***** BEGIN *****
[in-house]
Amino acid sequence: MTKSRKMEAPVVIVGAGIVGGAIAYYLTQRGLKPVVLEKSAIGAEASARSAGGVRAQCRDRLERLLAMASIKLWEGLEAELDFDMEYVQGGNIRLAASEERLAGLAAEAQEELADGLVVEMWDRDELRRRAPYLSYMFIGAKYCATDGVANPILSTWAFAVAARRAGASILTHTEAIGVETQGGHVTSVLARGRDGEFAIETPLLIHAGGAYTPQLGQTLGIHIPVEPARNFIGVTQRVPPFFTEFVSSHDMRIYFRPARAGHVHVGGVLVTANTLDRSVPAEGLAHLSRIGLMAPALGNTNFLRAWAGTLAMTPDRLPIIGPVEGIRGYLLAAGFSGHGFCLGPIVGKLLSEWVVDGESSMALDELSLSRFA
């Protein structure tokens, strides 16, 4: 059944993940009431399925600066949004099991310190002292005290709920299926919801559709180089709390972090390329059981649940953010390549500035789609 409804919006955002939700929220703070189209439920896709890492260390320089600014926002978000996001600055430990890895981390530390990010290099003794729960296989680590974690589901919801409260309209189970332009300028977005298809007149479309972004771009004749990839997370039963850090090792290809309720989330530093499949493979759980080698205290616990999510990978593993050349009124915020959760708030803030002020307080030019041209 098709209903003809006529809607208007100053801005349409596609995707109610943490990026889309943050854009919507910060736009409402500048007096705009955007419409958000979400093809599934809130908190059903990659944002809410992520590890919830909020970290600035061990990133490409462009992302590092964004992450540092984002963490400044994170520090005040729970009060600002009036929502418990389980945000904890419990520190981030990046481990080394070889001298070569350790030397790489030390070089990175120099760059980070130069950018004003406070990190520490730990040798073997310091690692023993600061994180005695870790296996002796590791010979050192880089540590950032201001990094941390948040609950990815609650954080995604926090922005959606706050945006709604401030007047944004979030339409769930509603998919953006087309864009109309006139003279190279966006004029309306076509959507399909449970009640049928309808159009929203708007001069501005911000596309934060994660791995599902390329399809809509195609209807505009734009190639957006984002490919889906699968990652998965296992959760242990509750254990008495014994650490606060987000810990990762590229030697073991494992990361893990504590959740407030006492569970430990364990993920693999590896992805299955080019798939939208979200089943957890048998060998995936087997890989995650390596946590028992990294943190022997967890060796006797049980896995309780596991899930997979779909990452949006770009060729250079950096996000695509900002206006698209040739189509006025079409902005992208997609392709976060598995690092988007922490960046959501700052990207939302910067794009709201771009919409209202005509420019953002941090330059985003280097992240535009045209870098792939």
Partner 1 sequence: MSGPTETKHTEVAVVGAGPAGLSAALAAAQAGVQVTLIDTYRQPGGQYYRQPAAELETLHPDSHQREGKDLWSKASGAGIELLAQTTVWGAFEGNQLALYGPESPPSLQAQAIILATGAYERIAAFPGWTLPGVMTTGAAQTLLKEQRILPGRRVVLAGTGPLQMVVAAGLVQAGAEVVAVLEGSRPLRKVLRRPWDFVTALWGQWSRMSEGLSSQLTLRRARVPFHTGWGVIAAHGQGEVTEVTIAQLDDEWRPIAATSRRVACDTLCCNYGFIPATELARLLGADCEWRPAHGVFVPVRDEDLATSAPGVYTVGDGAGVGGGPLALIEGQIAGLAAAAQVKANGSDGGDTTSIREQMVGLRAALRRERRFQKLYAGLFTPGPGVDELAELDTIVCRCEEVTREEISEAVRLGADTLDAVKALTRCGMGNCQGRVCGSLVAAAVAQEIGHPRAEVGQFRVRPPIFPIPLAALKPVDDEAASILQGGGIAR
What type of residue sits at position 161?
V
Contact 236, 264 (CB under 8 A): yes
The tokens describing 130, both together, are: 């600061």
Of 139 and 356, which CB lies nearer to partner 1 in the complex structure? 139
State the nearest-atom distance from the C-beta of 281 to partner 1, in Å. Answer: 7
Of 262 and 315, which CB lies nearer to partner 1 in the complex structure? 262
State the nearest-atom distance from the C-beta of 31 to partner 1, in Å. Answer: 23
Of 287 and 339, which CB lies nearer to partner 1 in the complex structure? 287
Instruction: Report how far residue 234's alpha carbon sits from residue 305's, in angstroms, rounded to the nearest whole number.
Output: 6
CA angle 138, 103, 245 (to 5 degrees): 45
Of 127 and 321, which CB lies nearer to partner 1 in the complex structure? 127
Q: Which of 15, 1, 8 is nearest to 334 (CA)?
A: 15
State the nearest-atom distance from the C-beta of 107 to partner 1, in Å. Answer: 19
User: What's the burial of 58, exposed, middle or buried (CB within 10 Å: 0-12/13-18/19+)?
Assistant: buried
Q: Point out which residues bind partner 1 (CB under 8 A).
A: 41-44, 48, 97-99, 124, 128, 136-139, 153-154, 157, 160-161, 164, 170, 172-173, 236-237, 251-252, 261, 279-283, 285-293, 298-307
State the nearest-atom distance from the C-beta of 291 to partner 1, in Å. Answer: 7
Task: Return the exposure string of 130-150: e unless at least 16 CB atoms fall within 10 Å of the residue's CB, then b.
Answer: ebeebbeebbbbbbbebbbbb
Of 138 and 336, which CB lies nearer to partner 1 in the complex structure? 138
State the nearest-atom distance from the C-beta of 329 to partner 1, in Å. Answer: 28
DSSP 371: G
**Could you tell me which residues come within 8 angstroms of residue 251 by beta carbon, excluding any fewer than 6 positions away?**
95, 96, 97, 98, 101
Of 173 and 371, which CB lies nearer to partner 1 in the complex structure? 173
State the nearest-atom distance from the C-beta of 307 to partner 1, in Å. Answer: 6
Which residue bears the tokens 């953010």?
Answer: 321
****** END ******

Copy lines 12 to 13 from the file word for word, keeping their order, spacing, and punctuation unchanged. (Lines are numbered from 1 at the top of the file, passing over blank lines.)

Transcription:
State the nearest-atom distance from the C-beta of 31 to partner 1, in Å. Answer: 23
Of 287 and 339, which CB lies nearer to partner 1 in the complex structure? 287